North Korea vows to grow its nuclear arsenal 'at the fastest possible speed​' as tensions with South Korea rise

North Korea vows to grow its nuclear arsenal 'at the fastest possible speed​' as tensions with South Korea rise
April 26, 2019 - Vladivostok, Primorsky Krai - North Korean leader Kim Jong-un during the ceremony of laying flowers and wreaths at the memorial of eternal fire in Vladivostok, Russia (Shutterstock).

North Korean Supreme Leader Kim Jong-un vowed to grow his country's nuclear arsenal "at the fastest possible speed" during a military parade in Pyongyang on Monday. Kim's proclamation came as tensions with South Korea rise ahead of the inauguration of its new President, Yoon Suk-yeol, on May 10th.

Yoon "will align South Korea’s policy on North Korea closer to that of Washington’s by reinvigorating sanctions enforcement on the North" once he is sworn in next month, the New York Times explained on Tuesday. That alliance between South Korea and the United States has been the primary source of Kim's incessant saber-rattling since he came to power in 2011.

North Korea boasts the world's fourth-largest military, with 1.3 million active-duty personnel, according to a December report published by the Council on Foreign Relations.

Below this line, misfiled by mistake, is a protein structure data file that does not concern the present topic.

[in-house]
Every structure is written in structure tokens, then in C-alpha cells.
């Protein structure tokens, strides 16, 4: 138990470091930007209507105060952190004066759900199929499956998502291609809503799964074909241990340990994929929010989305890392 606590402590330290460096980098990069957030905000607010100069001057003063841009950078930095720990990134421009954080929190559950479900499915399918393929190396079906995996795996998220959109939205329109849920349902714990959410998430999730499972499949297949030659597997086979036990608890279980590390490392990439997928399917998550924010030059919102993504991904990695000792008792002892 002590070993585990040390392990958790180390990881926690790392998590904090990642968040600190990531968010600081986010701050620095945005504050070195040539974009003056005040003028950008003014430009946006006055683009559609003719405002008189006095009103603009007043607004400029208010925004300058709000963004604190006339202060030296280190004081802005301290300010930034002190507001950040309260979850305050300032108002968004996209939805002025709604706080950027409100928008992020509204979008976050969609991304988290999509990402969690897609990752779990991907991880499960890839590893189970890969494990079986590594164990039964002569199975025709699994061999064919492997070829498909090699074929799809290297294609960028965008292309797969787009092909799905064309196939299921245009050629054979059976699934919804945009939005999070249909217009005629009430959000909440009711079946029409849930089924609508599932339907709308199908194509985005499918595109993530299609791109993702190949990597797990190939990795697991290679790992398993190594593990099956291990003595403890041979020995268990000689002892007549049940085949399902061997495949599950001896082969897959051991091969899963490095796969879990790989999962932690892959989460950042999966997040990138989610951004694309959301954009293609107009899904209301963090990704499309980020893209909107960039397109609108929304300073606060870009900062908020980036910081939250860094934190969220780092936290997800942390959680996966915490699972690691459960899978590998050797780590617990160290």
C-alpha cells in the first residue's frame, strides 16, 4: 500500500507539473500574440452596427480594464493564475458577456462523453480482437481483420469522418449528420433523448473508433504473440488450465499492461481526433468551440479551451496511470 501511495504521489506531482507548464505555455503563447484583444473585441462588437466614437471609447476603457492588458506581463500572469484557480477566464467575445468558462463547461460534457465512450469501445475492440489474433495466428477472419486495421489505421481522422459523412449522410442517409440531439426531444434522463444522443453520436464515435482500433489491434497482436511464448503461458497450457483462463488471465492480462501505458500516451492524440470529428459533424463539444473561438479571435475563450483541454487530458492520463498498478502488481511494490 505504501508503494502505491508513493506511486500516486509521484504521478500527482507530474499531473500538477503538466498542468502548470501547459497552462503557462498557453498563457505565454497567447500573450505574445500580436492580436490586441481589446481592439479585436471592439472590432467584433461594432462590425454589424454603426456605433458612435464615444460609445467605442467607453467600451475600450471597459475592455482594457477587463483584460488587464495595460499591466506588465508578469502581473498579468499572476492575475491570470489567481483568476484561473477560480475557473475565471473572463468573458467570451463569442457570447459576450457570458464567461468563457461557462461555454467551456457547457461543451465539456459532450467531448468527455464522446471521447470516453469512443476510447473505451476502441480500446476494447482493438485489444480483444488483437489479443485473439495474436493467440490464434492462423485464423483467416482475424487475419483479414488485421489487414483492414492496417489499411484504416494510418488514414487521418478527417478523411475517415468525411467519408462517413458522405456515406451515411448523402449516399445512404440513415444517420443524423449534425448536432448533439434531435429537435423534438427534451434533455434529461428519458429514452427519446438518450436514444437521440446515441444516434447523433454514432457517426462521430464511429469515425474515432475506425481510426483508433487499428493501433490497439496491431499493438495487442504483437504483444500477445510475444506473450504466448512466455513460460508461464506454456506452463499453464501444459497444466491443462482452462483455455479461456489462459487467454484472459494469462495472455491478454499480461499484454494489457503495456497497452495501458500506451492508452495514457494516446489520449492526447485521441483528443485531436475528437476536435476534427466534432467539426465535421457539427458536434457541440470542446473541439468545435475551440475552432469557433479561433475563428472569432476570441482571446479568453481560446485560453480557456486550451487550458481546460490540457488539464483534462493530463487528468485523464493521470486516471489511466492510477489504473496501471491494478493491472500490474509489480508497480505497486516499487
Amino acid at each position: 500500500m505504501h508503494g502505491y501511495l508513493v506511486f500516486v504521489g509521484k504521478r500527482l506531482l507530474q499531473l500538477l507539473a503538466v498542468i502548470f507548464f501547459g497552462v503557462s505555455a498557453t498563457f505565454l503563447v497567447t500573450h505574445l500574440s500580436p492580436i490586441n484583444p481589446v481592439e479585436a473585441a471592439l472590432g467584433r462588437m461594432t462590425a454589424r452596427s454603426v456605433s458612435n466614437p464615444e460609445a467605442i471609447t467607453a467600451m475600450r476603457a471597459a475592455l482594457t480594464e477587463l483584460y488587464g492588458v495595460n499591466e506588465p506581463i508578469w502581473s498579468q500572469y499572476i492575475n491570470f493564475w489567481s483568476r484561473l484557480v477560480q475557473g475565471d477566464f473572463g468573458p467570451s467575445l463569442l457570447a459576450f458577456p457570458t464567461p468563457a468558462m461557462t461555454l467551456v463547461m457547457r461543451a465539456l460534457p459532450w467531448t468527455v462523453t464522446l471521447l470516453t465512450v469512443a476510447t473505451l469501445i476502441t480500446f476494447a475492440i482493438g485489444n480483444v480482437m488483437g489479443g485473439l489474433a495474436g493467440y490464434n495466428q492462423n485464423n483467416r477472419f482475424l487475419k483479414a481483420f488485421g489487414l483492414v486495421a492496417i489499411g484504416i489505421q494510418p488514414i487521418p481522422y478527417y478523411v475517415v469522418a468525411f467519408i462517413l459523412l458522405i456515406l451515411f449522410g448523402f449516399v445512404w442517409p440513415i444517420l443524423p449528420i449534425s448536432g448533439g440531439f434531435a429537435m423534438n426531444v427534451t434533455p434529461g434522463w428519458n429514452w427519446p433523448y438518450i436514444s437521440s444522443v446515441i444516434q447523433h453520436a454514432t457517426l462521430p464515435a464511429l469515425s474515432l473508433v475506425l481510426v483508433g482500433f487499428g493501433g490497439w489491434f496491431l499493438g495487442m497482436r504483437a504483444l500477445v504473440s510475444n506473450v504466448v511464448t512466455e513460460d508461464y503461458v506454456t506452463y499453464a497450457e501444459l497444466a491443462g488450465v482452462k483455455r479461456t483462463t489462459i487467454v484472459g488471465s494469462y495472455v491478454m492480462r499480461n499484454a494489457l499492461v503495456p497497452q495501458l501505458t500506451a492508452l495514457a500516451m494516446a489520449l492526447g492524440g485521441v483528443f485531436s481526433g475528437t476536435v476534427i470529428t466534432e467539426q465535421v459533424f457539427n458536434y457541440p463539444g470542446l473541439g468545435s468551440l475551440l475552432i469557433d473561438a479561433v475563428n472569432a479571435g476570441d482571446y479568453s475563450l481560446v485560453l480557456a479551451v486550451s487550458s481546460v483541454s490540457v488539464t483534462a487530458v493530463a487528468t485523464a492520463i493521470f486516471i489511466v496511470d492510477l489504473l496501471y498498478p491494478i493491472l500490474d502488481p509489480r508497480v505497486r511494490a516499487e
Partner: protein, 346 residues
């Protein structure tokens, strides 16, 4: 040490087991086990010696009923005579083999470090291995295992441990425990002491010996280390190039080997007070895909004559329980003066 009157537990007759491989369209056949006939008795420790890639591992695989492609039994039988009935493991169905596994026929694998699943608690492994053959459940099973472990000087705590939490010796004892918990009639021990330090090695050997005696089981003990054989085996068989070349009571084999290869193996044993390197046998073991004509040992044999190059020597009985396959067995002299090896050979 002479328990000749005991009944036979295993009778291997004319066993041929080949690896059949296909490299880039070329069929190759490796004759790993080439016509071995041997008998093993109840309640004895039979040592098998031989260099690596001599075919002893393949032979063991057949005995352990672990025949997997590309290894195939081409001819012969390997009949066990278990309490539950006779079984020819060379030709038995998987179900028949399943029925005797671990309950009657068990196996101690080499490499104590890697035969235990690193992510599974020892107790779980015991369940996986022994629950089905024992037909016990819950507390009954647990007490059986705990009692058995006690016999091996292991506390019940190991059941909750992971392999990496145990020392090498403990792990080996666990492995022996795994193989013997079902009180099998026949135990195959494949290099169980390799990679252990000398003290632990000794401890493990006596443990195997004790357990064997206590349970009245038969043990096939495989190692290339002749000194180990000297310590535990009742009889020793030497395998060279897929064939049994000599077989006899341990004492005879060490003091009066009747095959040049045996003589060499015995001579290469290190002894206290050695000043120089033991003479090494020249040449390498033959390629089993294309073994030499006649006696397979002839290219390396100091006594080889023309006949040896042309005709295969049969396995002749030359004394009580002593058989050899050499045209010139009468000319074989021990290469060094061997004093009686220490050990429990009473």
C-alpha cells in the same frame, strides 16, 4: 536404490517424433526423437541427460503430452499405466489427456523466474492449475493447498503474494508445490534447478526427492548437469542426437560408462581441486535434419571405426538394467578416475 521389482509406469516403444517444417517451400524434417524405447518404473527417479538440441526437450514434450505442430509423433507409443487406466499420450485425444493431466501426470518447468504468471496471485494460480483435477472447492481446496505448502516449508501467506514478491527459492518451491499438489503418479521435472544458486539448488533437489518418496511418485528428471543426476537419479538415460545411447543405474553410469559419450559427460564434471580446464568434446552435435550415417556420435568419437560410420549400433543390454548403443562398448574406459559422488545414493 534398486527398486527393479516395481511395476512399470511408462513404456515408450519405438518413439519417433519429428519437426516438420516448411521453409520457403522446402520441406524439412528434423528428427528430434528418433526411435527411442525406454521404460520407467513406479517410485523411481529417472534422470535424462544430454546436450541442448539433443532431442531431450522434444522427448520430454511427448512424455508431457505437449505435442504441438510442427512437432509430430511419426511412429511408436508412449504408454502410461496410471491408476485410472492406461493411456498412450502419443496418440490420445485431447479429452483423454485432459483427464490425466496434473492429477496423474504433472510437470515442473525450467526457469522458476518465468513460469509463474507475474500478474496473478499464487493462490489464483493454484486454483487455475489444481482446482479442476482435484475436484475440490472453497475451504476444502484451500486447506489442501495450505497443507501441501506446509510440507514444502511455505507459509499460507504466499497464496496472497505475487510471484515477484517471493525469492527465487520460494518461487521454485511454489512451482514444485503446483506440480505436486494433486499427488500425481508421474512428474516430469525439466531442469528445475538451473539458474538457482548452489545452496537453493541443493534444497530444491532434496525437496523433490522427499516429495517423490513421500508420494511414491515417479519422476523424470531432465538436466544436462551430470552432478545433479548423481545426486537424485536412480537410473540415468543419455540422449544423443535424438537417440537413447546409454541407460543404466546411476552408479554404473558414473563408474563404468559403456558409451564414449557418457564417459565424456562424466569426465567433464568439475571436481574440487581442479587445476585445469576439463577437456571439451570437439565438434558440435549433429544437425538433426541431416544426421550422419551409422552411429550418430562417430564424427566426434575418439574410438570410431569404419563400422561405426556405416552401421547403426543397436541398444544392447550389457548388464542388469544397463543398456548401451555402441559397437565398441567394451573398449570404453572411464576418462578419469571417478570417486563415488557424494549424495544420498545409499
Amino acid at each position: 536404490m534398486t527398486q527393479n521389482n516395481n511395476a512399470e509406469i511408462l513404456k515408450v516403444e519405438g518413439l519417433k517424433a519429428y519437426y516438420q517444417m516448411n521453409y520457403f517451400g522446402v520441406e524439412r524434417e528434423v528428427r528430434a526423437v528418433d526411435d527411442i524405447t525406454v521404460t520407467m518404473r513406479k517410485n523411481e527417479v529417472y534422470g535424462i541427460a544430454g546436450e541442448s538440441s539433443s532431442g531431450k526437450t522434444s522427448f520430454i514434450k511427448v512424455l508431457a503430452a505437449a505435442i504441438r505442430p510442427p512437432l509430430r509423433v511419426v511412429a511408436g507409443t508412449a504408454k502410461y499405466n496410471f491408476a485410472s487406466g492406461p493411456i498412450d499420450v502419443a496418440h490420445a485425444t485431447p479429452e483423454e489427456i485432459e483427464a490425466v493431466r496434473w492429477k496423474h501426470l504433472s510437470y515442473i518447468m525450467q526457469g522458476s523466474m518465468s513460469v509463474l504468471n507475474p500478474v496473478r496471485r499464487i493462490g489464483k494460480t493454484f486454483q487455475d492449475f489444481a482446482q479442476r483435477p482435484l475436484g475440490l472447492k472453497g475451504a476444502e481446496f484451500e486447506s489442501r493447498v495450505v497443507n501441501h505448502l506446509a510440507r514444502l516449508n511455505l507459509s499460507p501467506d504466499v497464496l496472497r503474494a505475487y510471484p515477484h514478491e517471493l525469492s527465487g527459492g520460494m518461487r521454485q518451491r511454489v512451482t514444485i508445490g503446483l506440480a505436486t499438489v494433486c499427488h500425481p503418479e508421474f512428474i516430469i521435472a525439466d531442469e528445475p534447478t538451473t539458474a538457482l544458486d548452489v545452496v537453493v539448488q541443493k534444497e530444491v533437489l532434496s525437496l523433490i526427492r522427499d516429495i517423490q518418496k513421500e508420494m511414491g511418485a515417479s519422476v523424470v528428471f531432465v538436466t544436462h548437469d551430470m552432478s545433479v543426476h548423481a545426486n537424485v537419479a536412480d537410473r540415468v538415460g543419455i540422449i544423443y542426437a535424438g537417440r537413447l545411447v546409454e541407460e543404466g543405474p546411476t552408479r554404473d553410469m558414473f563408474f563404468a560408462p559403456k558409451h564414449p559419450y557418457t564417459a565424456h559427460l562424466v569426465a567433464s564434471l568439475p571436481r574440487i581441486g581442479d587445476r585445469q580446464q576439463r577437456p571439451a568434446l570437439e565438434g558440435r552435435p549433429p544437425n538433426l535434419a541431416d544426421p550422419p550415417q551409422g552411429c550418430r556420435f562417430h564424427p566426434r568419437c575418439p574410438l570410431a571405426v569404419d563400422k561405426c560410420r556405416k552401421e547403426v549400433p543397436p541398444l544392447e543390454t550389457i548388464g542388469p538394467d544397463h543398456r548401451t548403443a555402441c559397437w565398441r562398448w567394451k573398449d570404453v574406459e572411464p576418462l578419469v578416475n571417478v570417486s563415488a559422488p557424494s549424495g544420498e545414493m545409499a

Donning his finest military garb, Kim, who as of 2021 is estimated to have 40-50 nukes, touted Pyongyang's nuclear capabilities.

“The nuclear forces, the symbol of our national strength and the core of our military power, should be strengthened in terms of both quality and scale,” Kim said as reported by the Times.

On display during the march was North Korea's new Intercontinental Ballistic Missile, the Hwasong-17, which was purportedly tested in March. Reports of whether this actually occurred are conflicting, however. Pyongyang claims that the test was successful. South Korea, meanwhile, alleges that it never took place and that a Hwasong-15 was launched instead.

Either way, while Kim's stockpile has been the bedrock of his nation's defensive confidence, the 38-year-old dictator warned that “our nukes can never be confined to the single mission of war deterrent.”

Kim added that “if any forces try to violate the fundamental interests of our state, our nuclear forces will have to decisively accomplish its unexpected second mission."

Those remarks were in response to Yoon's campaign pledge that South Korea would consider launching “pre-emptive strikes” against the North if it perceived an imminent atomic threat, according to the Times.

The paper also noted that Kim's attire on Monday night was a signal to his adversaries, especially South Korea, that he demands to be taken seriously:

'It’s unusual for Kim Jong-un to deliver a speech during a parade in his marshal’s uniform,' said Cheong Seong-chang, director of the Center for North Korean Studies at the Sejong Institute, a research think tank in South Korea. 'This signals an extremely hard-line stance he will likely adopt toward the incoming South Korean government of Yoon Suk-yeol, who has voiced a hawkish stance toward the North.'

Relations between the West and North Korea have deteriorated since negotiations fell apart at a summit that Kim and former President Donald Trump held in Hanoi, Singapore, in 2019. The event was widely panned as a pointless publicity stunt.

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